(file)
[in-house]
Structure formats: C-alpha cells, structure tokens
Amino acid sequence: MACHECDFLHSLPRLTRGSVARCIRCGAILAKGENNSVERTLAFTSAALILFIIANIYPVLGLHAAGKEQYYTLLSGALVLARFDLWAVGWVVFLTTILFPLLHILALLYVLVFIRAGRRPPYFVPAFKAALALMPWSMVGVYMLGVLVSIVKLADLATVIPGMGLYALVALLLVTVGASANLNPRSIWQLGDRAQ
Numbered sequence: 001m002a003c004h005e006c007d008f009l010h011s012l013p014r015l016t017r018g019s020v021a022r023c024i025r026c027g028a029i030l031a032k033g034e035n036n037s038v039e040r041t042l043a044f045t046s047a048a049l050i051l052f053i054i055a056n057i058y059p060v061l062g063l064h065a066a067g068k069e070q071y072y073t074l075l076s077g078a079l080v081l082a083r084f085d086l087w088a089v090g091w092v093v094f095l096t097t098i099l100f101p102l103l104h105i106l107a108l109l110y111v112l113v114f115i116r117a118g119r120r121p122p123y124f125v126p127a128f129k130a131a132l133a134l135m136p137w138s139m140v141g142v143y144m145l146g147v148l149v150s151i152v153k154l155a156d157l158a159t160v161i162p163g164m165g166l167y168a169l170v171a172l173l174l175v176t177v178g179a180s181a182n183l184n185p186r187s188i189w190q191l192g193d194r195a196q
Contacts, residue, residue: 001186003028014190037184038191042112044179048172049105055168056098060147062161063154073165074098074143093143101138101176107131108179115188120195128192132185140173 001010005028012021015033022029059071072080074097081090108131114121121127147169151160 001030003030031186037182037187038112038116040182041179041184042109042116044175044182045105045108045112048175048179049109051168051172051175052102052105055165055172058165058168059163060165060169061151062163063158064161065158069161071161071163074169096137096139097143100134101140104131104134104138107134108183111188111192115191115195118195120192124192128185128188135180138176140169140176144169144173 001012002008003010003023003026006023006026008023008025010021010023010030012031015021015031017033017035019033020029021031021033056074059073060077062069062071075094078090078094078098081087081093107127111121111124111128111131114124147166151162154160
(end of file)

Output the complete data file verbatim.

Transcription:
[in-house]
Structure formats: C-alpha cells, structure tokens
Amino acid sequence: MACHECDFLHSLPRLTRGSVARCIRCGAILAKGENNSVERTLAFTSAALILFIIANIYPVLGLHAAGKEQYYTLLSGALVLARFDLWAVGWVVFLTTILFPLLHILALLYVLVFIRAGRRPPYFVPAFKAALALMPWSMVGVYMLGVLVSIVKLADLATVIPGMGLYALVALLLVTVGASANLNPRSIWQLGDRAQ
Numbered sequence: 001m002a003c004h005e006c007d008f009l010h011s012l013p014r015l016t017r018g019s020v021a022r023c024i025r026c027g028a029i030l031a032k033g034e035n036n037s038v039e040r041t042l043a044f045t046s047a048a049l050i051l052f053i054i055a056n057i058y059p060v061l062g063l064h065a066a067g068k069e070q071y072y073t074l075l076s077g078a079l080v081l082a083r084f085d086l087w088a089v090g091w092v093v094f095l096t097t098i099l100f101p102l103l104h105i106l107a108l109l110y111v112l113v114f115i116r117a118g119r120r121p122p123y124f125v126p127a128f129k130a131a132l133a134l135m136p137w138s139m140v141g142v143y144m145l146g147v148l149v150s151i152v153k154l155a156d157l158a159t160v161i162p163g164m165g166l167y168a169l170v171a172l173l174l175v176t177v178g179a180s181a182n183l184n185p186r187s188i189w190q191l192g193d194r195a196q
Contacts, residue, residue: 001186003028014190037184038191042112044179048172049105055168056098060147062161063154073165074098074143093143101138101176107131108179115188120195128192132185140173 001010005028012021015033022029059071072080074097081090108131114121121127147169151160 001030003030031186037182037187038112038116040182041179041184042109042116044175044182045105045108045112048175048179049109051168051172051175052102052105055165055172058165058168059163060165060169061151062163063158064161065158069161071161071163074169096137096139097143100134101140104131104134104138107134108183111188111192115191115195118195120192124192128185128188135180138176140169140176144169144173 001012002008003010003023003026006023006026008023008025010021010023010030012031015021015031017033017035019033020029021031021033056074059073060077062069062071075094078090078094078098081087081093107127111121111124111128111131114124147166151162154160